- Open Access
Autumn migration direction of juvenile willow warblers (Phylloscopus t. trochilus and P. t. acredula) and their hybrids assessed by qPCR SNP genotyping
Movement Ecology volume 8, Article number: 22 (2020)
Geographic regions, where two closely related taxa with different migration routes come into contact, are known as migratory divides. Hybrids originating from migratory divides are hypothesized to migrate intermediately relative to the parental populations. Few studies have tested this hypothesis in wild birds, and only in hybrids that have completed the migration back to the breeding grounds. Here, we make use of the well-established migration routes of willow warblers (Phylloscopus trochilus), for which the subspecies trochilus and acredula have migration-associated genetic markers on chromosomes 1 and 5. The genetic approach enabled us to analyze the geographic distribution of juveniles during their first autumn migration, predicting that hybrids should be more frequent in the central flyway over Italy than along the typical SW routes of trochilus and SE routes of acredula.
Blood and feather samples were collected from wintering birds in Africa (n = 69), and from juveniles during autumn migration in Portugal (n = 33), Italy (n = 38) and Bulgaria (n = 32). Genotyping was carried out by qPCR SNP assays, on one SNP each on chromosome 1 (SNP 65) and chromosome 5 (SNP 285). Both these SNPs have alternative alleles that are highly fixed (> 97%) in each of the subspecies.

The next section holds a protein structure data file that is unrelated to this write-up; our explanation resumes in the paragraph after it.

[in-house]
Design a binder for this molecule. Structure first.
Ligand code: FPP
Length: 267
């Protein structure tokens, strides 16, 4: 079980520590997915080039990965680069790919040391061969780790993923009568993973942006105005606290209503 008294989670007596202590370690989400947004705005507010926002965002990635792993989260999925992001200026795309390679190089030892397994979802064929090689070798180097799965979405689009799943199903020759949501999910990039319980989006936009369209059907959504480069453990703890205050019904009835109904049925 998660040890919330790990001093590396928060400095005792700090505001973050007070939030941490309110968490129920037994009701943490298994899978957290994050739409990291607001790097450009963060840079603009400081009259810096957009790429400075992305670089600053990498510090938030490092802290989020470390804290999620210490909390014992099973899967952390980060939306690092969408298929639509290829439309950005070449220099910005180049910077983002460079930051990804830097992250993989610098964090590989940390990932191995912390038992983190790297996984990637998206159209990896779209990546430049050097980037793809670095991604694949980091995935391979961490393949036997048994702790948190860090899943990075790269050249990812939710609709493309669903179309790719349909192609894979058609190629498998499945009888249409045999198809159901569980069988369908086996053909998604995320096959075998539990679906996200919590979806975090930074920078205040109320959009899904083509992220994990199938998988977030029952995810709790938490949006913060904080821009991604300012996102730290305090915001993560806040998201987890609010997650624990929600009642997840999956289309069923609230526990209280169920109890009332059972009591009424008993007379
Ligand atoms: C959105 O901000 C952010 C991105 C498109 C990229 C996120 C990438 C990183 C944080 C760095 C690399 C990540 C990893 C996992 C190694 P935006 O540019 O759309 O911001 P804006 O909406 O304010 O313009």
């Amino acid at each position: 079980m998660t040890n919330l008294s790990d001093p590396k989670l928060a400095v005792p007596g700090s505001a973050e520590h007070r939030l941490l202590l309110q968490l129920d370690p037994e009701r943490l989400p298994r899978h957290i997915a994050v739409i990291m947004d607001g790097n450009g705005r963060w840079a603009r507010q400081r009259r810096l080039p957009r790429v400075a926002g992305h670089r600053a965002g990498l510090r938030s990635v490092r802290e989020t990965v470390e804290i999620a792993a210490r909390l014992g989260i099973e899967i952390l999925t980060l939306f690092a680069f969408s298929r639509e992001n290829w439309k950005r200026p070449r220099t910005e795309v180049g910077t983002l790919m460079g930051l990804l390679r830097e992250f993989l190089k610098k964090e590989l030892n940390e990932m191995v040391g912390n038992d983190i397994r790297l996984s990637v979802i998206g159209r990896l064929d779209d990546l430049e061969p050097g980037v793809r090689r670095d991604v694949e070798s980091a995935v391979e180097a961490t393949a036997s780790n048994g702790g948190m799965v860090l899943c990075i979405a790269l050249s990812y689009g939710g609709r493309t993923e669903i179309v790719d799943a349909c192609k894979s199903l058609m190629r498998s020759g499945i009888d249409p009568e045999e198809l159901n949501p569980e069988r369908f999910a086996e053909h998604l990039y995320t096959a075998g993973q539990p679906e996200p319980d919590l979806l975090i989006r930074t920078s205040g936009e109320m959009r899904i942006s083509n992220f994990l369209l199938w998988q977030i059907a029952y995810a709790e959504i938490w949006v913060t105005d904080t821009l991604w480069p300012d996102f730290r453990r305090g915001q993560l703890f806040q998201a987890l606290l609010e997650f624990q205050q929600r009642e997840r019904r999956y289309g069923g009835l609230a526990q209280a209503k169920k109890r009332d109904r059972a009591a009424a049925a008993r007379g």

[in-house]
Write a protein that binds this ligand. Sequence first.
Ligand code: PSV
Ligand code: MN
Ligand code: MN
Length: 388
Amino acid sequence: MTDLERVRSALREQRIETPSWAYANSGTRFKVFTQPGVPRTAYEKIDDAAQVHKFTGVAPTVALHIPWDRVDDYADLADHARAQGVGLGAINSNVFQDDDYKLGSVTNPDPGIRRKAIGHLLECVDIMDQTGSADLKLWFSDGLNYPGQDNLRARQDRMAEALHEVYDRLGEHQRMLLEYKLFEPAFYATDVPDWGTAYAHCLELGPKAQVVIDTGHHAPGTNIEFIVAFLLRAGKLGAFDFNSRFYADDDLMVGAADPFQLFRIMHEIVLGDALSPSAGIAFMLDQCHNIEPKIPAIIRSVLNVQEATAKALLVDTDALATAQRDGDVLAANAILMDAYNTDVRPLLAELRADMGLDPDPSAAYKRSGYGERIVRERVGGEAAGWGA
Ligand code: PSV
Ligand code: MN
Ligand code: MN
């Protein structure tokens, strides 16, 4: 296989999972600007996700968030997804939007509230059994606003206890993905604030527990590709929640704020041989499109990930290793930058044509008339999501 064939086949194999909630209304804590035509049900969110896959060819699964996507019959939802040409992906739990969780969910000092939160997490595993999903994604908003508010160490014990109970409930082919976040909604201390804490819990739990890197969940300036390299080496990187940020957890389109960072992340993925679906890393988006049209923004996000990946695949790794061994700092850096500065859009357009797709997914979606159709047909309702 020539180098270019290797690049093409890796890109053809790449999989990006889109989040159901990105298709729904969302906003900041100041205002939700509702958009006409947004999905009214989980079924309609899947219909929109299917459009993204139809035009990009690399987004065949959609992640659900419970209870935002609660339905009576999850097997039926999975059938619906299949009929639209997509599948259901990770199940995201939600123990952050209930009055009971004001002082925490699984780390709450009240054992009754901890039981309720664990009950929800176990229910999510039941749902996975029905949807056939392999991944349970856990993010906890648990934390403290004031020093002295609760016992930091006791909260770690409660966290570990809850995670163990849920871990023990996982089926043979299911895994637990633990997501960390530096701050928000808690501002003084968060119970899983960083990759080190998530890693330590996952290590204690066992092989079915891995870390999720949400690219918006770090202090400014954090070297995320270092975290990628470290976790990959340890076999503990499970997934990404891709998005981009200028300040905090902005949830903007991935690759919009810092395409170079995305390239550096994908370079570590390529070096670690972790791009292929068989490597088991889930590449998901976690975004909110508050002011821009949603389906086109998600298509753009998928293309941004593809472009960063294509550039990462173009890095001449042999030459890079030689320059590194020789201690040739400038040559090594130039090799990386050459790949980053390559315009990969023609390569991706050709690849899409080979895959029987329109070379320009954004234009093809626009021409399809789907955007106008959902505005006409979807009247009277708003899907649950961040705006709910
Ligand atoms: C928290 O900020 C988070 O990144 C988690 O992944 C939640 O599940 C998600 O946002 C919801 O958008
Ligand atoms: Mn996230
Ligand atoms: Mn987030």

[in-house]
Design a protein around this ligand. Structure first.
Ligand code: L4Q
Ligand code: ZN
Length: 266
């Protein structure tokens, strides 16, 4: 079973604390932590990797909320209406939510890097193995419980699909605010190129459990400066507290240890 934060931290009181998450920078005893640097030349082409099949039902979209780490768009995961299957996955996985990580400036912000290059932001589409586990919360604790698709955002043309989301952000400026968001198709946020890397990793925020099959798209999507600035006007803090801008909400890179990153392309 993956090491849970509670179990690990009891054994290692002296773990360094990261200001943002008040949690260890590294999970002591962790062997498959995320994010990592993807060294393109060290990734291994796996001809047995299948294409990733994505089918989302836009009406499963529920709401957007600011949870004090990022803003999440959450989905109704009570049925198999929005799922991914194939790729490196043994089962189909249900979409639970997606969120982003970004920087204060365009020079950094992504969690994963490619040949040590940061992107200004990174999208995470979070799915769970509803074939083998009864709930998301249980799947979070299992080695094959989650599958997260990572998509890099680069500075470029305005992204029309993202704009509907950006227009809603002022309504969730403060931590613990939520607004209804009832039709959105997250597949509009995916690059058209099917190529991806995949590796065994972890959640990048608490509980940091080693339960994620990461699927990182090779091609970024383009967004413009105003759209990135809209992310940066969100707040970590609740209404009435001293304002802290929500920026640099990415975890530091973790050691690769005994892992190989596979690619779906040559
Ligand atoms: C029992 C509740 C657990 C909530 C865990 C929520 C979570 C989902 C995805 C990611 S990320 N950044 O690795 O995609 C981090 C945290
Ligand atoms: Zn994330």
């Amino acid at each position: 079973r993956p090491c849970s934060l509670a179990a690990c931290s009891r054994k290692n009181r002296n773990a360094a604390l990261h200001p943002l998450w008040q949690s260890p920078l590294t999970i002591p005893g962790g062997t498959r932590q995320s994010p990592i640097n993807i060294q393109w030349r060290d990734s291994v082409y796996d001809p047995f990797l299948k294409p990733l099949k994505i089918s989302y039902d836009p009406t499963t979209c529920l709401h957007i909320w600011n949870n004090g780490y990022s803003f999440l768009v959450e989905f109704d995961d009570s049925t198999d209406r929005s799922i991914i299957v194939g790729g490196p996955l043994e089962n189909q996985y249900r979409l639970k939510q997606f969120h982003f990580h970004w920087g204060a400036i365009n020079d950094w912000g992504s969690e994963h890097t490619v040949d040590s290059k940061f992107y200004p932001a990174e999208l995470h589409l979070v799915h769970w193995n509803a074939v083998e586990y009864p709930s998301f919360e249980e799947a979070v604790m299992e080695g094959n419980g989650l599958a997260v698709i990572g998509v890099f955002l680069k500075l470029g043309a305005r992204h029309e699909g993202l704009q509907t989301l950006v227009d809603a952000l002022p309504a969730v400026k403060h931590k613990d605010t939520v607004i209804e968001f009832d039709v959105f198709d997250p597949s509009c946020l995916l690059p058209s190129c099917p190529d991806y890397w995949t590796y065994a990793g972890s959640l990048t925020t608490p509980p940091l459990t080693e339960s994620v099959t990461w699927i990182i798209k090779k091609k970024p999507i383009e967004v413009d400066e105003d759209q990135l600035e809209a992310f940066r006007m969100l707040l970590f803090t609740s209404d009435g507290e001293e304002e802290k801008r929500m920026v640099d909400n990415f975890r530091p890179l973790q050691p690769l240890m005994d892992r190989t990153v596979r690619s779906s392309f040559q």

The observed combined genotypes of the two SNPs were associated with the known migration routes and wintering distributions of trochilus and acredula, respectively. We found hybrids (HH) among the juveniles in Italy (5/38) and in Portugal (2/33). The proportion of hybrids in Italy was significantly higher than expected from a background rate of hybrid genotypes (1.5%) in allopatric populations of the subspecies.
Our genetic approach to assign individuals to subspecies and hybrids allowed us to investigate migration direction in juvenile birds on their first migration, which should better reflect the innate migratory direction than studies restricted to successful migrants. The excess of hybrids in Italy, suggests that they employ an intermediate route relative to the parental populations. Our qPCR SNP genotyping method is efficient for processing large sample sizes, and will therefore be useful in migration research of species with known population genetic structure.